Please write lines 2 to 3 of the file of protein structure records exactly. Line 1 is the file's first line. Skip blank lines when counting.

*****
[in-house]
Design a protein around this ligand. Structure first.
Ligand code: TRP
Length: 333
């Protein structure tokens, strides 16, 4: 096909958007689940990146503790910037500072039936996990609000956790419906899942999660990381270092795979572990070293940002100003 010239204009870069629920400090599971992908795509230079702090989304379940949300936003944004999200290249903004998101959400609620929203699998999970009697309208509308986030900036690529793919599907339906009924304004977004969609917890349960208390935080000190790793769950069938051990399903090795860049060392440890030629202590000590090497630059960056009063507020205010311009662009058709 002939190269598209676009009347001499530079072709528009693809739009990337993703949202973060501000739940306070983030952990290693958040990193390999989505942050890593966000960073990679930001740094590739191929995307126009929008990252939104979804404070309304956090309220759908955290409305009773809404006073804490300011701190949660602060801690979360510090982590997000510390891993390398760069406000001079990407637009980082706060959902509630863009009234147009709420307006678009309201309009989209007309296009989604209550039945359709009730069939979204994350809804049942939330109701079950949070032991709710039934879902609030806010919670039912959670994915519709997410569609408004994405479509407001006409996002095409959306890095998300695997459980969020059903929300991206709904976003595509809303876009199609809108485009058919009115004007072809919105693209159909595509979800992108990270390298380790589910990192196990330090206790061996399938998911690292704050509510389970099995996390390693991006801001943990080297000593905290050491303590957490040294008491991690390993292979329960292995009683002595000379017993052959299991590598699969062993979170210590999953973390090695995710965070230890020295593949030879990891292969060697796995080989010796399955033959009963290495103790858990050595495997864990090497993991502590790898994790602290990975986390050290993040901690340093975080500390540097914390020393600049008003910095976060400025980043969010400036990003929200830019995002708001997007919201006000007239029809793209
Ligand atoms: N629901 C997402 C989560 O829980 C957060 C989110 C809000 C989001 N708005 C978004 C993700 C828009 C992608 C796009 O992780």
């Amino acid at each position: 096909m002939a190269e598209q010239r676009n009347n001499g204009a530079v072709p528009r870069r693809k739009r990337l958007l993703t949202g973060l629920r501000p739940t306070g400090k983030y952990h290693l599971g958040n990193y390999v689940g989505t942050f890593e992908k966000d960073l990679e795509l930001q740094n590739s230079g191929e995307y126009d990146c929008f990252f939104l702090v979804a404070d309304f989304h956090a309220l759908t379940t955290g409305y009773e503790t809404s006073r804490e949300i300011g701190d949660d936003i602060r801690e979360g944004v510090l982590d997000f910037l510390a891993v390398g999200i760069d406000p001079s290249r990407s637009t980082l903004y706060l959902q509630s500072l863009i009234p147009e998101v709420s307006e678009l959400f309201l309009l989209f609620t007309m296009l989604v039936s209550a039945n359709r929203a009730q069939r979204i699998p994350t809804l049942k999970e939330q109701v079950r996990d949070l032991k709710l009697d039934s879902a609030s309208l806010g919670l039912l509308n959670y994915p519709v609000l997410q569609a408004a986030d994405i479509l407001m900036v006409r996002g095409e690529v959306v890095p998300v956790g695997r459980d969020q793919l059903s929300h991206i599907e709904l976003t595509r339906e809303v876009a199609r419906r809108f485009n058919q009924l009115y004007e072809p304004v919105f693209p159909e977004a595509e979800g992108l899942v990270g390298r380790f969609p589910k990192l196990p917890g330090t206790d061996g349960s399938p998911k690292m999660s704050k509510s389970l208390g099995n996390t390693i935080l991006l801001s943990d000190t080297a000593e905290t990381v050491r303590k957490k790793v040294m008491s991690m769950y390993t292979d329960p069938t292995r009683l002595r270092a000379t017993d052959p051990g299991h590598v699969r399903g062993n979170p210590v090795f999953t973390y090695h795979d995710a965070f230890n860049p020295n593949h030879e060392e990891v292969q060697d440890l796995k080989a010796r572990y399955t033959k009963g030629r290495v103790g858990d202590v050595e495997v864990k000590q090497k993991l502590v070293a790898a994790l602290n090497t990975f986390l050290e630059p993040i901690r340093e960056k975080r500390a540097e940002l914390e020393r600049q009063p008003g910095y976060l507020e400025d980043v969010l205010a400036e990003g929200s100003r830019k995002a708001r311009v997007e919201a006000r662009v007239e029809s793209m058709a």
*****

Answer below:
Design a protein around this ligand. Structure first.
Ligand code: TRP